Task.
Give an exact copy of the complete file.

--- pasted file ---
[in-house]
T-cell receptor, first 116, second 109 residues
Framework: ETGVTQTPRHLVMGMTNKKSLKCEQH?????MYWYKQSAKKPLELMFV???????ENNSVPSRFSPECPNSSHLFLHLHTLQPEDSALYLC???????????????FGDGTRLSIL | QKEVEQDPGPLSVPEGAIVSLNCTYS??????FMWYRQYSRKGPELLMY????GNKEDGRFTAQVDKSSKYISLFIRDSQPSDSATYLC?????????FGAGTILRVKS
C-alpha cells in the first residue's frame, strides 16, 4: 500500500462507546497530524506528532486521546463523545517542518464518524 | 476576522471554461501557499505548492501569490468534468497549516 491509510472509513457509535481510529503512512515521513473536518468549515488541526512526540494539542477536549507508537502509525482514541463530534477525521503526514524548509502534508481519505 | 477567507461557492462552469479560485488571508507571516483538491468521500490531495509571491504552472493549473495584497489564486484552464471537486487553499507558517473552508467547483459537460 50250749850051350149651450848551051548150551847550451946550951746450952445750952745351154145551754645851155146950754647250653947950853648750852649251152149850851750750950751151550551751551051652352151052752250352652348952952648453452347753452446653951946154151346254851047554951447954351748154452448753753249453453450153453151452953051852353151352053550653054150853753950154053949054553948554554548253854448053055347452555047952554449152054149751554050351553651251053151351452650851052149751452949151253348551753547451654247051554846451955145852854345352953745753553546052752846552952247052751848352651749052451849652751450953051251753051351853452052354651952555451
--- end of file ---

[in-house]
T-cell receptor, first 116, second 109 residues
Framework: ETGVTQTPRHLVMGMTNKKSLKCEQH?????MYWYKQSAKKPLELMFV???????ENNSVPSRFSPECPNSSHLFLHLHTLQPEDSALYLC???????????????FGDGTRLSIL | QKEVEQDPGPLSVPEGAIVSLNCTYS??????FMWYRQYSRKGPELLMY????GNKEDGRFTAQVDKSSKYISLFIRDSQPSDSATYLC?????????FGAGTILRVKS
C-alpha cells in the first residue's frame, strides 16, 4: 500500500462507546497530524506528532486521546463523545517542518464518524 | 476576522471554461501557499505548492501569490468534468497549516 491509510472509513457509535481510529503512512515521513473536518468549515488541526512526540494539542477536549507508537502509525482514541463530534477525521503526514524548509502534508481519505 | 477567507461557492462552469479560485488571508507571516483538491468521500490531495509571491504552472493549473495584497489564486484552464471537486487553499507558517473552508467547483459537460 50250749850051350149651450848551051548150551847550451946550951746450952445750952745351154145551754645851155146950754647250653947950853648750852649251152149850851750750950751151550551751551051652352151052752250352652348952952648453452347753452446653951946154151346254851047554951447954351748154452448753753249453453450153453151452953051852353151352053550653054150853753950154053949054553948554554548253854448053055347452555047952554449152054149751554050351553651251053151351452650851052149751452949151253348551753547451654247051554846451955145852854345352953745753553546052752846552952247052751848352651749052451849652751450953051251753051351853452052354651952555451